The reaction to Ron Paul’s Congressional farewell address: what does it mean?

Congressman Ron Paul gave a farewell speech to Congress on November 14th, 2012 and I encourage you to watch it in full or read the transcript at the link. If the US Empire were to follow his advice it would truly be a passing from the old age to a new one and would thus prove the Mayan Calendar theorists right. It would be a return to freedom and liberty and a renunciation of war.

Since Dr. Ron Paul was known in congress as “Dr. No” and never had any real power or prestige in congress; why have so many people taken note of the speech and still want to know what this retiring politician has to say? I got almost four million hits with a Google search on Ron Paul’s farewell address just now. That is amazing.

Dr. Gary North wrote:

In the history of American politics, I can think of only four farewell addresses that ever got into the textbooks, and one of them was a fake. The most famous one was George Washington’s 1796 farewell address, and it was not an address. It was a newspaper article. The second came in 1961, which was Dwight Eisenhower’s famous military-industrial complex speech. The third one was Richard Nixon’s announcement after his defeat in 1962 when he ran for governor of California against Edmund G. “Pat” Brown. I’m not sure that it should be regarded an address; it was more of a press conference, but it counted as a farewell address . . . for six years. In it, he uttered the immortal words, “You won’t have Dick Nixon to kick around anymore.” It was aimed at the media. Then, a dozen years later, he gave a real farewell address, the day before he resigned in disgrace from the presidency.

Ron Paul’s farewell address was the fifth. This is extraordinary. The media did not ridicule him as arrogant for having delivered such an address. On the whole, the media seemed interested in what he had to say. Yet his speech began with a statement of the fact, namely, that he had never had any measurable political influence in the House in his entire 22 years. He had never had one of his bills passed into law.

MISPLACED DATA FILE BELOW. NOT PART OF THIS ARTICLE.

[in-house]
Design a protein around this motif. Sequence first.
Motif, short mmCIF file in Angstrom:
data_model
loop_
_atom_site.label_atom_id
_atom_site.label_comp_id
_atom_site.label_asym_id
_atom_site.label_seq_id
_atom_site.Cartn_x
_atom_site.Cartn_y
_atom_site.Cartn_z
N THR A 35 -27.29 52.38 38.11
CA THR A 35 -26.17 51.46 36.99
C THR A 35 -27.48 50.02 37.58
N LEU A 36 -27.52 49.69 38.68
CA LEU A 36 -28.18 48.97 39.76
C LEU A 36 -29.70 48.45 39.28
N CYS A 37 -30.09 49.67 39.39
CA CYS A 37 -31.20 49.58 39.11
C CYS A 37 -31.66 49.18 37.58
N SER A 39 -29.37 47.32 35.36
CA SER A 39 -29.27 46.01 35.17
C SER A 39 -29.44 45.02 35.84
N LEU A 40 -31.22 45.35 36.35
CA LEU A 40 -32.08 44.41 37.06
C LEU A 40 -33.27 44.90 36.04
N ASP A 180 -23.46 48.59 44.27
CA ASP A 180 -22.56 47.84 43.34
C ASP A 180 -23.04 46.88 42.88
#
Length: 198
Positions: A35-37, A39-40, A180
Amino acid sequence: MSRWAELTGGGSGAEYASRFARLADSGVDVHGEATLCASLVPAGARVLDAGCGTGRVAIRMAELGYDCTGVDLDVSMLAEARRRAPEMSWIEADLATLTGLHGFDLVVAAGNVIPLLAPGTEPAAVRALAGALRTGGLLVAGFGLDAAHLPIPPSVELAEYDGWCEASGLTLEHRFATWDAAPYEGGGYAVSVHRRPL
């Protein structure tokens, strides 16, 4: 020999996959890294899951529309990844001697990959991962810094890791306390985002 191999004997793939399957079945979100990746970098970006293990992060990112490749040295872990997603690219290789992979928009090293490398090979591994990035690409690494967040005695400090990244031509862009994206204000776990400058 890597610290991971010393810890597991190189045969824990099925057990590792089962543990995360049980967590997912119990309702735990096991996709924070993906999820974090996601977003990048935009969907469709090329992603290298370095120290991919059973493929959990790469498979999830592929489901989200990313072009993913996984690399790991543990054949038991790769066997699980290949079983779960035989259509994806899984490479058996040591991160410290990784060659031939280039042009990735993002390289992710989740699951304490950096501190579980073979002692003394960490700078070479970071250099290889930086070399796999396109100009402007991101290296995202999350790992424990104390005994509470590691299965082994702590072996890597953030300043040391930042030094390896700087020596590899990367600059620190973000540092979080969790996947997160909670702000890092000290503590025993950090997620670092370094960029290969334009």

His farewell address was taken seriously as a statement of principles, precisely because he never had any direct political influence in passing legislation. He stood as a representative of a constitutional tradition that has had only two other representatives at the national level ever since the end of the Civil War: President Grover Cleveland and Congressman Howard Buffett, who served in the late 1940s and early 1950s. Virtually nobody remembers Buffett, although almost everybody in the financial world has heard of his son Warren.

Whatever the impact of Ron Paul’s farewell address, it is safe to say that no other congressman has ever delivered such an address at his retirement, at least not where the media took him seriously. It is unheard of that any Congressman would deliver such an address, and especially a Congressman who had no political power or the ability to spread election money around to his colleagues.